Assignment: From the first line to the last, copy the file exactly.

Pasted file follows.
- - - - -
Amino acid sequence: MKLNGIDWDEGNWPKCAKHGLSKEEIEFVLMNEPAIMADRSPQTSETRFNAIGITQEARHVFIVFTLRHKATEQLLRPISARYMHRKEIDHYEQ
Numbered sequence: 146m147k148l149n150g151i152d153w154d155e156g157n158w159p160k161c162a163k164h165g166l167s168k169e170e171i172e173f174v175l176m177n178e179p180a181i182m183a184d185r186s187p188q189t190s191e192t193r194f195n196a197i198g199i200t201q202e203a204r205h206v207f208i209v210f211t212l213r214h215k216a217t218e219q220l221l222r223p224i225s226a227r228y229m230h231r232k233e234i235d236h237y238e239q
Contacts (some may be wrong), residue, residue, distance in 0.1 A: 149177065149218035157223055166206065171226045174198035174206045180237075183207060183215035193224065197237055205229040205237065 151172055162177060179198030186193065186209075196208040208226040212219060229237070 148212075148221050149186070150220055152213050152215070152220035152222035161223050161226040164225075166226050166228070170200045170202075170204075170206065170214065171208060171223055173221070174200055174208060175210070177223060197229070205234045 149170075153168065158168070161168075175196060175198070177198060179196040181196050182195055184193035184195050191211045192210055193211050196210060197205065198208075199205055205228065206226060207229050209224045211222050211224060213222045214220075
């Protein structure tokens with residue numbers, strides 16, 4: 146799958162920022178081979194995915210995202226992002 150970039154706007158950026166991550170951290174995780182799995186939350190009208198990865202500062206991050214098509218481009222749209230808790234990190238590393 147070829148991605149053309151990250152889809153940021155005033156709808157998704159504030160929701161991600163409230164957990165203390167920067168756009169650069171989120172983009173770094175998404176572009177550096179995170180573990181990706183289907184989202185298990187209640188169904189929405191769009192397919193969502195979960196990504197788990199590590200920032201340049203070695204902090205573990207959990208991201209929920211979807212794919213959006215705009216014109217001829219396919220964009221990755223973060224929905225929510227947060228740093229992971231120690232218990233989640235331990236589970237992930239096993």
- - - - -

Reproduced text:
Amino acid sequence: MKLNGIDWDEGNWPKCAKHGLSKEEIEFVLMNEPAIMADRSPQTSETRFNAIGITQEARHVFIVFTLRHKATEQLLRPISARYMHRKEIDHYEQ
Numbered sequence: 146m147k148l149n150g151i152d153w154d155e156g157n158w159p160k161c162a163k164h165g166l167s168k169e170e171i172e173f174v175l176m177n178e179p180a181i182m183a184d185r186s187p188q189t190s191e192t193r194f195n196a197i198g199i200t201q202e203a204r205h206v207f208i209v210f211t212l213r214h215k216a217t218e219q220l221l222r223p224i225s226a227r228y229m230h231r232k233e234i235d236h237y238e239q
Contacts (some may be wrong), residue, residue, distance in 0.1 A: 149177065149218035157223055166206065171226045174198035174206045180237075183207060183215035193224065197237055205229040205237065 151172055162177060179198030186193065186209075196208040208226040212219060229237070 148212075148221050149186070150220055152213050152215070152220035152222035161223050161226040164225075166226050166228070170200045170202075170204075170206065170214065171208060171223055173221070174200055174208060175210070177223060197229070205234045 149170075153168065158168070161168075175196060175198070177198060179196040181196050182195055184193035184195050191211045192210055193211050196210060197205065198208075199205055205228065206226060207229050209224045211222050211224060213222045214220075
């Protein structure tokens with residue numbers, strides 16, 4: 146799958162920022178081979194995915210995202226992002 150970039154706007158950026166991550170951290174995780182799995186939350190009208198990865202500062206991050214098509218481009222749209230808790234990190238590393 147070829148991605149053309151990250152889809153940021155005033156709808157998704159504030160929701161991600163409230164957990165203390167920067168756009169650069171989120172983009173770094175998404176572009177550096179995170180573990181990706183289907184989202185298990187209640188169904189929405191769009192397919193969502195979960196990504197788990199590590200920032201340049203070695204902090205573990207959990208991201209929920211979807212794919213959006215705009216014109217001829219396919220964009221990755223973060224929905225929510227947060228740093229992971231120690232218990233989640235331990236589970237992930239096993």